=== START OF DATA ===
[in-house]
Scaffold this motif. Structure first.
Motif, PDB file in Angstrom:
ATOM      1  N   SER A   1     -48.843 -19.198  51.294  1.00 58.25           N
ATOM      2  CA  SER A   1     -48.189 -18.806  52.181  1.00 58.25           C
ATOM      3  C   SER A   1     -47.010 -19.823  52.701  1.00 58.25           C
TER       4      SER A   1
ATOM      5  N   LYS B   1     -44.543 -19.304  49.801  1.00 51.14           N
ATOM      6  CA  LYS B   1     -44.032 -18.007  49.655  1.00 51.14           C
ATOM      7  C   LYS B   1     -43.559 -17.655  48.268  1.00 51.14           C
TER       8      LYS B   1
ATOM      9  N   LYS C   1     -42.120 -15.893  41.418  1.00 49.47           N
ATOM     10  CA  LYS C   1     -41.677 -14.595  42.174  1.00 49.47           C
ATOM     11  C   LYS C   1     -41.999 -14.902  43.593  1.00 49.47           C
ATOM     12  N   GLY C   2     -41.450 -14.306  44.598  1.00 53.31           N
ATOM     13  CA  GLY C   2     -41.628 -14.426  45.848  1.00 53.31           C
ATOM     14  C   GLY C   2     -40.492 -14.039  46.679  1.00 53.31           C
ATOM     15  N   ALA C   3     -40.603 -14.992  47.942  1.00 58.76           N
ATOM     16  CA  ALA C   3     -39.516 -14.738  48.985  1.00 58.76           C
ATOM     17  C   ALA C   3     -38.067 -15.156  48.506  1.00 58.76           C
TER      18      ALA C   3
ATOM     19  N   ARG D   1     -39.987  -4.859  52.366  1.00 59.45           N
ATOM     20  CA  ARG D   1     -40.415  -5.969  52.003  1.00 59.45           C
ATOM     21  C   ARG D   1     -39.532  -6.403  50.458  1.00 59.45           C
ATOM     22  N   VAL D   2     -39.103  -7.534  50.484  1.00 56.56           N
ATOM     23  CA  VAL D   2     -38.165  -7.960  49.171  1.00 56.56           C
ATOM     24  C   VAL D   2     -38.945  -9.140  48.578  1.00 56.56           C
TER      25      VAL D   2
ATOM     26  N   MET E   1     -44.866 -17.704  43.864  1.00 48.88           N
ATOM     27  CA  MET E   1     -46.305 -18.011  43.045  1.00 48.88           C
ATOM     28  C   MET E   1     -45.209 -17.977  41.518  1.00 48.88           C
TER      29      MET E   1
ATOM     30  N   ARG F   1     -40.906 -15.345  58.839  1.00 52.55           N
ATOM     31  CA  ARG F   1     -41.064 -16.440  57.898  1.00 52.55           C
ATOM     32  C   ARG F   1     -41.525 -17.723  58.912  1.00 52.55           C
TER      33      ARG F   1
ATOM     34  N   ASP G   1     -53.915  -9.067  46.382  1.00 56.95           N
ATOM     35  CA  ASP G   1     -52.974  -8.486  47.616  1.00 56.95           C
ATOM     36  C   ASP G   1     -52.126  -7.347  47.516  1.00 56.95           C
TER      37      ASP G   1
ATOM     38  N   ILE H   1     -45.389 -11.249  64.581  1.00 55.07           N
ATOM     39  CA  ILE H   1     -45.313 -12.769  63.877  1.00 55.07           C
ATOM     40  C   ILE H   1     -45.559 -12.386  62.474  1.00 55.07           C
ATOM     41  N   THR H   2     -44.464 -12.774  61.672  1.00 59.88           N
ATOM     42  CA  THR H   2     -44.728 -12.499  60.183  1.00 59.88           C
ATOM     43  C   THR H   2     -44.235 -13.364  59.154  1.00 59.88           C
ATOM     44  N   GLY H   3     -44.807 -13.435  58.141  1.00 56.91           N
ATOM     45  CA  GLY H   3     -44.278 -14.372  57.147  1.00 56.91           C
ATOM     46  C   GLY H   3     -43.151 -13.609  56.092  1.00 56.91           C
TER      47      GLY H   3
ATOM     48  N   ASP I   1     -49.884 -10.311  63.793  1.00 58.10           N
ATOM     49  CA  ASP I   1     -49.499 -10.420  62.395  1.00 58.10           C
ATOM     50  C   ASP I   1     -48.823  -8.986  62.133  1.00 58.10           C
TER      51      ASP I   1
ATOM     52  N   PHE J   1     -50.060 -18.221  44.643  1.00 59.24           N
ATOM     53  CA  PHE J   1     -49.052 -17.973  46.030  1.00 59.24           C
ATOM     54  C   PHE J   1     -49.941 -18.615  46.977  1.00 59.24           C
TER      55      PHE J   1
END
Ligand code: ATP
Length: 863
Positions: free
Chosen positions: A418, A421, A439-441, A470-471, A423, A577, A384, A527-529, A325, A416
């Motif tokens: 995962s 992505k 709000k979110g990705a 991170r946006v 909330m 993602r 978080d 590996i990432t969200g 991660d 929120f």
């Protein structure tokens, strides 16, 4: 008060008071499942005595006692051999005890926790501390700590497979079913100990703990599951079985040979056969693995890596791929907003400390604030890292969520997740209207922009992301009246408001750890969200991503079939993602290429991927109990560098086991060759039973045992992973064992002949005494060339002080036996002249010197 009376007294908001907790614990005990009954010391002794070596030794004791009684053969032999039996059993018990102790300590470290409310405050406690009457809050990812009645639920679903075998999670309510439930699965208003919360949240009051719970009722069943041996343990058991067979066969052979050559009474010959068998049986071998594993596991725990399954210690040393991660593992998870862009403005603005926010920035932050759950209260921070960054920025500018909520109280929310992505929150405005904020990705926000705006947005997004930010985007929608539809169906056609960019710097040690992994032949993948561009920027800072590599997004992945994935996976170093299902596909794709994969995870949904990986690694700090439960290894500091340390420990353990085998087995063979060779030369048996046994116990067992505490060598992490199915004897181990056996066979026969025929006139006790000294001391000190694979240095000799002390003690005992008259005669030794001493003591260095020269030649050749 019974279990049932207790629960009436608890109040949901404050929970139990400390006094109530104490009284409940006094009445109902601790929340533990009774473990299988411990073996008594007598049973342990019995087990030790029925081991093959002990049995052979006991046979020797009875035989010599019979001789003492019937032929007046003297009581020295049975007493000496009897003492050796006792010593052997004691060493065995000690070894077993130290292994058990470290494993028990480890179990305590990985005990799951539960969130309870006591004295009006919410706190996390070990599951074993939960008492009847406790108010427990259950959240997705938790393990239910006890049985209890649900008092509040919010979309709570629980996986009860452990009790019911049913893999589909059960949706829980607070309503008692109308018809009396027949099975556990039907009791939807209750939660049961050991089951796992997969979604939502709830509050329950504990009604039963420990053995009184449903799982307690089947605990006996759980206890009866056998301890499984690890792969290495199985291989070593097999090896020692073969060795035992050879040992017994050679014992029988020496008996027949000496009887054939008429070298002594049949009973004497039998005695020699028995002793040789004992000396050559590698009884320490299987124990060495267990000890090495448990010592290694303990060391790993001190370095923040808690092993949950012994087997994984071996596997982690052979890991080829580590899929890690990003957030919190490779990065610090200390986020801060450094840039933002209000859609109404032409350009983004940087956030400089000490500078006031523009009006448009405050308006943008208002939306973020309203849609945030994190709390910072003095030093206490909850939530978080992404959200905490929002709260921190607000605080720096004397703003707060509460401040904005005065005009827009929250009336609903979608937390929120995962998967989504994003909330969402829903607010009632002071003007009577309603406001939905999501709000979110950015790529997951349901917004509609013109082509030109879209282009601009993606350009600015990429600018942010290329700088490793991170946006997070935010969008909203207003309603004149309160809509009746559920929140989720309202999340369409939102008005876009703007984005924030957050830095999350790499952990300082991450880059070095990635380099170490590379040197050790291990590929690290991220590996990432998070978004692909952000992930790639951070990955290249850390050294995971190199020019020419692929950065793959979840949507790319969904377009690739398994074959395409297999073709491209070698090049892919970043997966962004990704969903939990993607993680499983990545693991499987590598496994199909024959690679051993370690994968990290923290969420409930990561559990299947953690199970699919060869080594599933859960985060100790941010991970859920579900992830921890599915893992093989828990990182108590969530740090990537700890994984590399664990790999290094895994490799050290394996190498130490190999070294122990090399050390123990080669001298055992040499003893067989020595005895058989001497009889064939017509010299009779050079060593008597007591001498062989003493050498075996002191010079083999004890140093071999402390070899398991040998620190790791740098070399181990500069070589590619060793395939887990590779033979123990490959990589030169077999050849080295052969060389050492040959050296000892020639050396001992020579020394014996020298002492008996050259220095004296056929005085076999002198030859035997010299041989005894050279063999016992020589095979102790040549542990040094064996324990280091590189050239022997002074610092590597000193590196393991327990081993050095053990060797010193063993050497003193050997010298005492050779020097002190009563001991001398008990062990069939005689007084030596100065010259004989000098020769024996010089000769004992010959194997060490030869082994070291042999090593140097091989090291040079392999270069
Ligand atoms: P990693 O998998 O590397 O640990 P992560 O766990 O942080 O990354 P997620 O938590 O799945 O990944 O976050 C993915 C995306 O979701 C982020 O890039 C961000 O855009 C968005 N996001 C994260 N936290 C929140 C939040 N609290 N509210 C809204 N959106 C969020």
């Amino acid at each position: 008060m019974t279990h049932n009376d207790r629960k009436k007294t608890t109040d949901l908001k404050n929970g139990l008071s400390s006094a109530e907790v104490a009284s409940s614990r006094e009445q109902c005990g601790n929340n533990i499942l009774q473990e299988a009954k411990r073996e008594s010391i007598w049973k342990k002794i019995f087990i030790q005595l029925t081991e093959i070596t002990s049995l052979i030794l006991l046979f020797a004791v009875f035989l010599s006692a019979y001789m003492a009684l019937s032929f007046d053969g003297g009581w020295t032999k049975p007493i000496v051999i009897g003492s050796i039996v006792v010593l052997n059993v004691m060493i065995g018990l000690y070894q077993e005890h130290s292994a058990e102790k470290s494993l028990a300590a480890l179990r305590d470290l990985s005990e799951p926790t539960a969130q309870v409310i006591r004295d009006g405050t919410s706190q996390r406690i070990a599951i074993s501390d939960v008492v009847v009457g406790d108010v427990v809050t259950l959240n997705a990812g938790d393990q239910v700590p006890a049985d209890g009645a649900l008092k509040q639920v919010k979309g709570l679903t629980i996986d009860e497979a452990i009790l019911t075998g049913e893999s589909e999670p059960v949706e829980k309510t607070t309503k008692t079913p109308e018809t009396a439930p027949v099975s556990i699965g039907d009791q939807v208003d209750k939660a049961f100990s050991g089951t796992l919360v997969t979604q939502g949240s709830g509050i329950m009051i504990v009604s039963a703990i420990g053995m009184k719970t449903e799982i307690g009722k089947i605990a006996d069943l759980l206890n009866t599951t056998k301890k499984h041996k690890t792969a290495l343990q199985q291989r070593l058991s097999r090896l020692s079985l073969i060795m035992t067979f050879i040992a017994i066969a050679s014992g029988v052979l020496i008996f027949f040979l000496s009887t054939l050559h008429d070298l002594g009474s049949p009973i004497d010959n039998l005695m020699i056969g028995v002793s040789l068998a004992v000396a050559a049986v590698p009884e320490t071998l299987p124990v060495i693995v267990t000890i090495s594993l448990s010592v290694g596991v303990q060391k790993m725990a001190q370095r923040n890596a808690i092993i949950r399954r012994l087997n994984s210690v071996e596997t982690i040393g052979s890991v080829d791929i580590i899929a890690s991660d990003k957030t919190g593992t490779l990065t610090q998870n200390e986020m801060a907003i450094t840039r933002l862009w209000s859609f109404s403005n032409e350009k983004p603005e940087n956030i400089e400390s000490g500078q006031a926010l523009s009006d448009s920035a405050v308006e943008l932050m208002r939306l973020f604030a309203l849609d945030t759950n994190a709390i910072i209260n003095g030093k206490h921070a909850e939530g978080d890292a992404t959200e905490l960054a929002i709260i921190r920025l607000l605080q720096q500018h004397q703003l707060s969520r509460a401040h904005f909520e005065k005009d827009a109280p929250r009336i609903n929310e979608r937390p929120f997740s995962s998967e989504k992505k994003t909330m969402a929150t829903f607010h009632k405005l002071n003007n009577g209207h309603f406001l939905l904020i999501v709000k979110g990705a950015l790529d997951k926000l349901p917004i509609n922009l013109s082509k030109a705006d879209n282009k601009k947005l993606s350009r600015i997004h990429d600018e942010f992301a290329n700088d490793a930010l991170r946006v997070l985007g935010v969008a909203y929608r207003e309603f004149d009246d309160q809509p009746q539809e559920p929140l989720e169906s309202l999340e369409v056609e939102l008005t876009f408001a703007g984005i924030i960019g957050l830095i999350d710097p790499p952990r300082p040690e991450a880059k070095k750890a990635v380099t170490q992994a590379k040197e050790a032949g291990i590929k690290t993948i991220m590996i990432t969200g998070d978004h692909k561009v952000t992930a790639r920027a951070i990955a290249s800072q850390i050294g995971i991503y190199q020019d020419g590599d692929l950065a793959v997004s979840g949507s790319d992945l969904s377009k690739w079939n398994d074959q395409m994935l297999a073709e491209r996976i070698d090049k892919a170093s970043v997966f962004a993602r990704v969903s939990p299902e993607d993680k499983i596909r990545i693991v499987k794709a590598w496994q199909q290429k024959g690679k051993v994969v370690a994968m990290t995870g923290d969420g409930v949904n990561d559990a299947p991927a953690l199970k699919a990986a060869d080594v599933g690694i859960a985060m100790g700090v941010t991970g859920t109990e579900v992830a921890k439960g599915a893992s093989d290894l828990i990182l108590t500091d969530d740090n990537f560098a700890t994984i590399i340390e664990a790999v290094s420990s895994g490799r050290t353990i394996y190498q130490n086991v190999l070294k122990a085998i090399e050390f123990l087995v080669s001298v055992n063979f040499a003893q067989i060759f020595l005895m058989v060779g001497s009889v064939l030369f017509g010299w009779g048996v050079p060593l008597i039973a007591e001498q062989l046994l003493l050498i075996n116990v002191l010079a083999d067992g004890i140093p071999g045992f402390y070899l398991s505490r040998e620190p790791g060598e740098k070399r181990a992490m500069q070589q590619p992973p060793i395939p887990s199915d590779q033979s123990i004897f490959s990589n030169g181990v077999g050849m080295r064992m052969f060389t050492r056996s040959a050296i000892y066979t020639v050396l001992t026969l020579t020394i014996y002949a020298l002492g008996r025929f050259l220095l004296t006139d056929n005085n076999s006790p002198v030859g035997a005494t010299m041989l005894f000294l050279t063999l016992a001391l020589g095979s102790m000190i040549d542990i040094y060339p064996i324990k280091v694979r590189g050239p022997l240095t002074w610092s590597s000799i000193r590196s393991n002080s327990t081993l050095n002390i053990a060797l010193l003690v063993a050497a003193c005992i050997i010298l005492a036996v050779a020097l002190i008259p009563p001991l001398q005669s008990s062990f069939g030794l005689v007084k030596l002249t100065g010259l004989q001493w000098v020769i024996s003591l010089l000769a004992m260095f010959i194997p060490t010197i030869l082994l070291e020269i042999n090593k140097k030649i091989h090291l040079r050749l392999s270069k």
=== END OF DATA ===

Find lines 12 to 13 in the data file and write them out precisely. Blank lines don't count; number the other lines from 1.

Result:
ATOM      9  N   LYS C   1     -42.120 -15.893  41.418  1.00 49.47           N
ATOM     10  CA  LYS C   1     -41.677 -14.595  42.174  1.00 49.47           C